Voters in Nassau and Suffolk counties are hitting the polls to cast their ballots in local races across Long Island this Election Day, with unseasonably mild temperatures and sunny skies in the forecast for this first Tuesday in November.
Voter turnout, which has reportedly been steady throughout the morning in scattered precincts, is expected to be pivotal in several key match-ups.
The most-watched race on LI is for the Nassau County District Attorney post. At the top of the ticket on the other side of the county line is the Suffolk County Executive race. And scattered across the Island are county legislative seats, judicial and town-level contests—some of which could tip the balance of power.
“With so much at stake in this election… we will do everything we can to make sure that every eligible person who wishes to vote—no matter what their party—gets that opportunity,” said Nassau Democratic Party Chair Jay Jacobs.
Acting Nassau County District Attorney Madeline Singas, who is running as a Democrat to keep her job for the next for years, is up against Republican Hempstead Town Supervisor Kate Murray, who leads Singas by one percentage point, according to a recent Newsday/News 12/Siena College poll that has a margin of error of plus or minus 4.1 percentage points.
On eastern LI, Suffolk County Executive Steve Bellone, a Democrat who is seeking re-election to his second term, is facing off against James O’Connor, a Republican former Town of North Hempstead councilman trying to unseat him—although he has an uphill battle, polls show.
A key race in Bellone’s backyard is between Suffolk County Legis. Kevin McCaffrey (R-Lindenhurst), the legislature’s GOP minority leader, and the Democratic challenger, Deputy Suffolk County Executive Tim Sini. A Republican winning the district in which the Democratic county exec lives proved an upset two years ago. But on top of seeking a second legislative term, McCaffrey is also up for re-election as president of Teamsters Local 707, the union that represents workers in various industries in the New York Metro area.
Meanwhile, Suffolk Republicans hope to pick up at least one more seat in the 12-6 majority held by the Democrats and their third-party allies. That’s because under legislative rules, Democrats can currently vote to borrow funds without Republican support. But, if the GOP picks up at least one seat, the majority will have to negotiate with the minority to pass borrowing measures.
That puts all eyes on the race to replace term-limited Legis. Jay Schneiderman (I-Montauk). Bridget Fleming, a Democratic Southampton town councilwoman, is vying to keep that seat in the majority’s hands. She’s running against Amos Goodman, a financial consultant and political newcomer from Springs—also the first openly gay GOP candidate for county office on LI.
Republicans also hope Steven Tricarico, deputy superintendent of highways for the Town of Brookhaven, can unseat two-term Legis. Sarah Anker (D-Mt. Sinai), where registered GOP voters outnumber Democrats. But if none of those seats change hands, some say the consolation prize for Republicans could come in a race where there’s no GOP candidate.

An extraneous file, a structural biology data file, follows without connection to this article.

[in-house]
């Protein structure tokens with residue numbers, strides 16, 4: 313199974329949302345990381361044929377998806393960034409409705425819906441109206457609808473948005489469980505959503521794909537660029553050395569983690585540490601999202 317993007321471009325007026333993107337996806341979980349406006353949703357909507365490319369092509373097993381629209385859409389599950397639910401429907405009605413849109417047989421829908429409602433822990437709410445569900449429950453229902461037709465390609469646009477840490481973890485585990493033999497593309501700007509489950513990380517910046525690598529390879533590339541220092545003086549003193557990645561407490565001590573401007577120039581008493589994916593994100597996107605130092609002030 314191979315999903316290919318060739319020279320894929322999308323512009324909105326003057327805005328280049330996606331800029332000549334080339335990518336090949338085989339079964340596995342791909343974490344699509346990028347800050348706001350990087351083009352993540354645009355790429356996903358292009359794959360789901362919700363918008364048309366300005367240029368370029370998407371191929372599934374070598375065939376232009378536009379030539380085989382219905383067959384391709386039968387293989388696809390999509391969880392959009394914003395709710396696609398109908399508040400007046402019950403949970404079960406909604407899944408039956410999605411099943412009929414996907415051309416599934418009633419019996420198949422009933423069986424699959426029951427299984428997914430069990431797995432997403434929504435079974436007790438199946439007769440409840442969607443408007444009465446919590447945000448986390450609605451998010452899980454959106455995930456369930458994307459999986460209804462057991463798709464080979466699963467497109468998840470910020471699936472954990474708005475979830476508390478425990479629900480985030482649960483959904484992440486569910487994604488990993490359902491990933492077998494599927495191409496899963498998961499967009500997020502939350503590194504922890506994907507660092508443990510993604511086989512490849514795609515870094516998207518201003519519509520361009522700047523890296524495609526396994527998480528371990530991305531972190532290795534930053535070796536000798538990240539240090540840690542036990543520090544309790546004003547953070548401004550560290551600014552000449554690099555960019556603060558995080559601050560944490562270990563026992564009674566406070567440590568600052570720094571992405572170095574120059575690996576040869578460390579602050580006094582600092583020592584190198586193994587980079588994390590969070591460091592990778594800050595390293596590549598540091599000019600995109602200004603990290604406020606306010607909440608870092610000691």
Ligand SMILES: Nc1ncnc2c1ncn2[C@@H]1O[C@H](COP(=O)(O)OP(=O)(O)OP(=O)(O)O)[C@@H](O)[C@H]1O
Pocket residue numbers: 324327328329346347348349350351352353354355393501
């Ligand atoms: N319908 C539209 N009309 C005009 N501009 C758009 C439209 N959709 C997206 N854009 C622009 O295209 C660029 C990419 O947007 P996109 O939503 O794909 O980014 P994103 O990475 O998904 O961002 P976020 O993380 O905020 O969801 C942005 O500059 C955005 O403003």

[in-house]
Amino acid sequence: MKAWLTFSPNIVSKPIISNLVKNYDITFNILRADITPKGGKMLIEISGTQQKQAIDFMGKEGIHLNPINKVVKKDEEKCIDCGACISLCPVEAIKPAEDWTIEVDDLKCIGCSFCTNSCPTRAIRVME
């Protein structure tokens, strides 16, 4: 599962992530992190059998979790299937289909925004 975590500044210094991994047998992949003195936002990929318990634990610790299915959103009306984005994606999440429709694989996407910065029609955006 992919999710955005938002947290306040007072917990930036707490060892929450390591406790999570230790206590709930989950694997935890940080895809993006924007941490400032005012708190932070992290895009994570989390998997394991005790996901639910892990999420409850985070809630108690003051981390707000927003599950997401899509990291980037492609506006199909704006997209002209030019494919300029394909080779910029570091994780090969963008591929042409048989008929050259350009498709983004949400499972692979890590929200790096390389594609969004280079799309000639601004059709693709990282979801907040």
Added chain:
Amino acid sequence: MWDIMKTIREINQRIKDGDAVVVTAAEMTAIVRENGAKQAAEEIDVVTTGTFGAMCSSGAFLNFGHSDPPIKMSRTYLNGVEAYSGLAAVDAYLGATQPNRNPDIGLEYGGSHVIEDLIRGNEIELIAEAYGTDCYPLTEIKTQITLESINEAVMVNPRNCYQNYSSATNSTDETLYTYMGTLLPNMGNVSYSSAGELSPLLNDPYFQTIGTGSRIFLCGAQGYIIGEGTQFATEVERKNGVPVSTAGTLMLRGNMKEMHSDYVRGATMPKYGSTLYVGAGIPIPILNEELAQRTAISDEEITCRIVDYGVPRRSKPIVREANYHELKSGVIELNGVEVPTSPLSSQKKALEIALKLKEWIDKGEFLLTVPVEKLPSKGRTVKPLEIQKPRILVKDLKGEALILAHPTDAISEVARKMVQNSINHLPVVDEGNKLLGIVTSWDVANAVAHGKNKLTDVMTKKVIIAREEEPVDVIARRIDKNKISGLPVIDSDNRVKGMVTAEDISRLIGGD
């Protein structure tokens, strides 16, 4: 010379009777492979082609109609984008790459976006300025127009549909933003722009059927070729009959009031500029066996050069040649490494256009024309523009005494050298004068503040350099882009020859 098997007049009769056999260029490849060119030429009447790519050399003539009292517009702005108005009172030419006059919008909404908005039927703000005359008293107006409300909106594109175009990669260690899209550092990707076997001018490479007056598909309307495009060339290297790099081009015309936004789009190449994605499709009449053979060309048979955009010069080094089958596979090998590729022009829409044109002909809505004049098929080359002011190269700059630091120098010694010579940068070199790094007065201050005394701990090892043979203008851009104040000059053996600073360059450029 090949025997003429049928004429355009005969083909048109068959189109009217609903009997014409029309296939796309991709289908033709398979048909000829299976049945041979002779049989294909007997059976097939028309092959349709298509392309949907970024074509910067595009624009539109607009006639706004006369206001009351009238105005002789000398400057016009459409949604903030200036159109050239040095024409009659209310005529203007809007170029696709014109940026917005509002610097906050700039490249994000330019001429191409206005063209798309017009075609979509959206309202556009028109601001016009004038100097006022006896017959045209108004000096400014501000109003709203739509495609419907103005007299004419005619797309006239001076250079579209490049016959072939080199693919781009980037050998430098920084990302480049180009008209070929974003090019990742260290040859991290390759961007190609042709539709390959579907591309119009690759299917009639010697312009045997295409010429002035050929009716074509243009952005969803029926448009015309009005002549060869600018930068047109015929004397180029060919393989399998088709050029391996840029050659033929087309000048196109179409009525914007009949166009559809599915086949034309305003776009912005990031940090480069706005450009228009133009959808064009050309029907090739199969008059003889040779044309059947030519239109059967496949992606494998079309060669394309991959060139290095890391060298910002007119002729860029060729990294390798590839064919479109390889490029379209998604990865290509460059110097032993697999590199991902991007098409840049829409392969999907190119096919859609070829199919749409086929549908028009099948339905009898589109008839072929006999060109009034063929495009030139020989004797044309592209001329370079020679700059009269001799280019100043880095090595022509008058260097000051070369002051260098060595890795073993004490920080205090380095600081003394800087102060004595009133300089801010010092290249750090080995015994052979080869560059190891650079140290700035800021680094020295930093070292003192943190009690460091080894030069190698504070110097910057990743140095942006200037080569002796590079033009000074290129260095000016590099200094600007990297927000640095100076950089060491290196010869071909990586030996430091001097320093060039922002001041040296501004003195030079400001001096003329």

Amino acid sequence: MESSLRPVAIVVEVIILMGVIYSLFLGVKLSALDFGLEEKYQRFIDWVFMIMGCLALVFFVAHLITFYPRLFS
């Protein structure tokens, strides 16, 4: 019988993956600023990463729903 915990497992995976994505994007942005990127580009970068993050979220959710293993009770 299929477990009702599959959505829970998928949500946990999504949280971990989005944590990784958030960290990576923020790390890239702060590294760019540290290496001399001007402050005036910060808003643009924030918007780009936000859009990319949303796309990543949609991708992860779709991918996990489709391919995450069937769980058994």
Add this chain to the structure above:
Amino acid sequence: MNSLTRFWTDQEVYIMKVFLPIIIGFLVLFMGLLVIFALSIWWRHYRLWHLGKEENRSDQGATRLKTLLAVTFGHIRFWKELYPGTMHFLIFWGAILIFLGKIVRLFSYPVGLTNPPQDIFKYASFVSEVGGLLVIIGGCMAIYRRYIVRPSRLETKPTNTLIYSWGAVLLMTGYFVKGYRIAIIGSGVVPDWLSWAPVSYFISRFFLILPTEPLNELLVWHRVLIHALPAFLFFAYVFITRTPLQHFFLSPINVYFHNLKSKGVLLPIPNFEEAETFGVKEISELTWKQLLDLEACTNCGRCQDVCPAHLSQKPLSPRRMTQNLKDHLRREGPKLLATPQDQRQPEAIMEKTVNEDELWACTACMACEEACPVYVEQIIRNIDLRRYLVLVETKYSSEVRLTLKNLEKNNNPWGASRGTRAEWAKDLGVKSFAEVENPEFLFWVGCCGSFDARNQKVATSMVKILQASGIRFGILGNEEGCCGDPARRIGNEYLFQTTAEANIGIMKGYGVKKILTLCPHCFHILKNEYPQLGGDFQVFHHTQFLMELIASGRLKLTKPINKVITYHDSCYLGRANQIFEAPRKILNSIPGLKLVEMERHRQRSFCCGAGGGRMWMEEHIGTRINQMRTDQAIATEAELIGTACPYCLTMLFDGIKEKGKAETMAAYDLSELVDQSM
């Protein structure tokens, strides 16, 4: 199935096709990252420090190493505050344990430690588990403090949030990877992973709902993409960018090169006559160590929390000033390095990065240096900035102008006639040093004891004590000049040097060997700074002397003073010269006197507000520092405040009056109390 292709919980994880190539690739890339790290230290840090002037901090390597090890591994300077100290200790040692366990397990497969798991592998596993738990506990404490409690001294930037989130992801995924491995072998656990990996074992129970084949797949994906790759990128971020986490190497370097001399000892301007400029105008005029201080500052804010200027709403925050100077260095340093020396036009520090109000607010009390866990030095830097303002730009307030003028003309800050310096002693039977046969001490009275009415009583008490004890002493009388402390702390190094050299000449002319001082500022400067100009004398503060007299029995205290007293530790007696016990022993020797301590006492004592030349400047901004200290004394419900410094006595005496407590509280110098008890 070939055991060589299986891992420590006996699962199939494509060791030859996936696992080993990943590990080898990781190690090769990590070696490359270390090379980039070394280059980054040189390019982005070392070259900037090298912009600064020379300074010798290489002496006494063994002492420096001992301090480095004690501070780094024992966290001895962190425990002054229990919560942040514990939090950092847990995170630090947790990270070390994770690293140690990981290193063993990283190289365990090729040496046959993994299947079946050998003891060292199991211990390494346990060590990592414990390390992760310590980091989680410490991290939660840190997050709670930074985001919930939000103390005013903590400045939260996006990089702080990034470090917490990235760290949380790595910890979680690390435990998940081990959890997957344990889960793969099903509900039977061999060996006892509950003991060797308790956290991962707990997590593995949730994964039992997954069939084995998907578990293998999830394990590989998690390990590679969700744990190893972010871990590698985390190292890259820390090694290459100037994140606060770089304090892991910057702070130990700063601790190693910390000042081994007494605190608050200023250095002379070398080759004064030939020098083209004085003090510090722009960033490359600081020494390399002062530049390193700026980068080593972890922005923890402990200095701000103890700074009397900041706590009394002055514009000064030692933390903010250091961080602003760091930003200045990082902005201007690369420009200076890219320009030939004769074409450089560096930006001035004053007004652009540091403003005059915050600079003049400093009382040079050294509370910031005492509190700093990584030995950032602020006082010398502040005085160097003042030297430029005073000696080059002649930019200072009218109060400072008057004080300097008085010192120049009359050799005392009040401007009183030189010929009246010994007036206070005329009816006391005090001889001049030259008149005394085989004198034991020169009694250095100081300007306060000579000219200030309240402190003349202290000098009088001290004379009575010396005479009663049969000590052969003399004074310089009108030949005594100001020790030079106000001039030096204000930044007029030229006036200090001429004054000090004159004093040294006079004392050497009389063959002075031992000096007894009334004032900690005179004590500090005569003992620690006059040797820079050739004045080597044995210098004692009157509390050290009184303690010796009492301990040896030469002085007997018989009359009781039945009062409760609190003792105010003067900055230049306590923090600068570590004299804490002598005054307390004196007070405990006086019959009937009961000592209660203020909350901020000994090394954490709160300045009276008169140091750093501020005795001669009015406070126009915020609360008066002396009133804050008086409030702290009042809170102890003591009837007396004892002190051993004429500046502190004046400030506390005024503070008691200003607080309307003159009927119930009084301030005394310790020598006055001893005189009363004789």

First-term Legis. Monica Martinez (D-Brentwood), a Bellone ally who two years ago unseated wildcard lawmaker Rick Montano—a Democrat who didn’t caucus with his own party—conceded an elections lawsuit challenging the legitimacy of her nominating petitions, effectively handing her Democratic line to her primary opponent, Giovanni Mata, a Montano ally also from Brentwood. Martinez may be running on the third-party line, but she’s still got the backing of Suffolk County Democratic Chair Richard Schaffer, who accused Mata and Montano of working with Republicans—an assertion Suffolk Republican Chair John Jay LaValle has denied. Apparently the only way to know for sure will be if Mata wins.
On the town level on the East End, Riverhead Town Supervisor Sean Walter lost the local Republican party’s nomination and a GOP primary challenge to Riverhead Town Councilwoman Jodi Giglio. Walter, who’s now running on the Conservative Party line, hopes voters will re-elect him following a recent announcement that he helped lure an aerospace company to Enterprise Park at Calverton, aka EPCAL. Giglio maintains that it’s time for a new town leader.
Back in Nassau, one legislative race without the advantage of an incumbent is in district six, where Legis. Francis X. Becker (R-Lynbrook) is retiring. The candidate running to keep the seat in the hands of the legislature’s Republican majority is C. William Gaylor, a retired U.S. Army Lieutenant Colonel, attorney and former judge also from Lynbrook. His opponent is Democrat James Paymar of Rockville Centre, a former TV news anchor and ex-corporate spokesman-turned media consultant.
Republicans hope to bolster their 12-7 majority—one seat shy of a supermajority that would Democratic support to pass borrowing. Their best bet may be the race in which freshman Legis. Ellen Birnbaum (D-Great Neck) seeks re-election and her GOP challenger, Lisa Benjamin, tries to capitalize on a controversy surrounding Birnbaum making insensitive remarks that resulted in her temporarily being barred from her own caucus. Cassandra Lems, a Green Party candidate from Herricks, is also running in that race.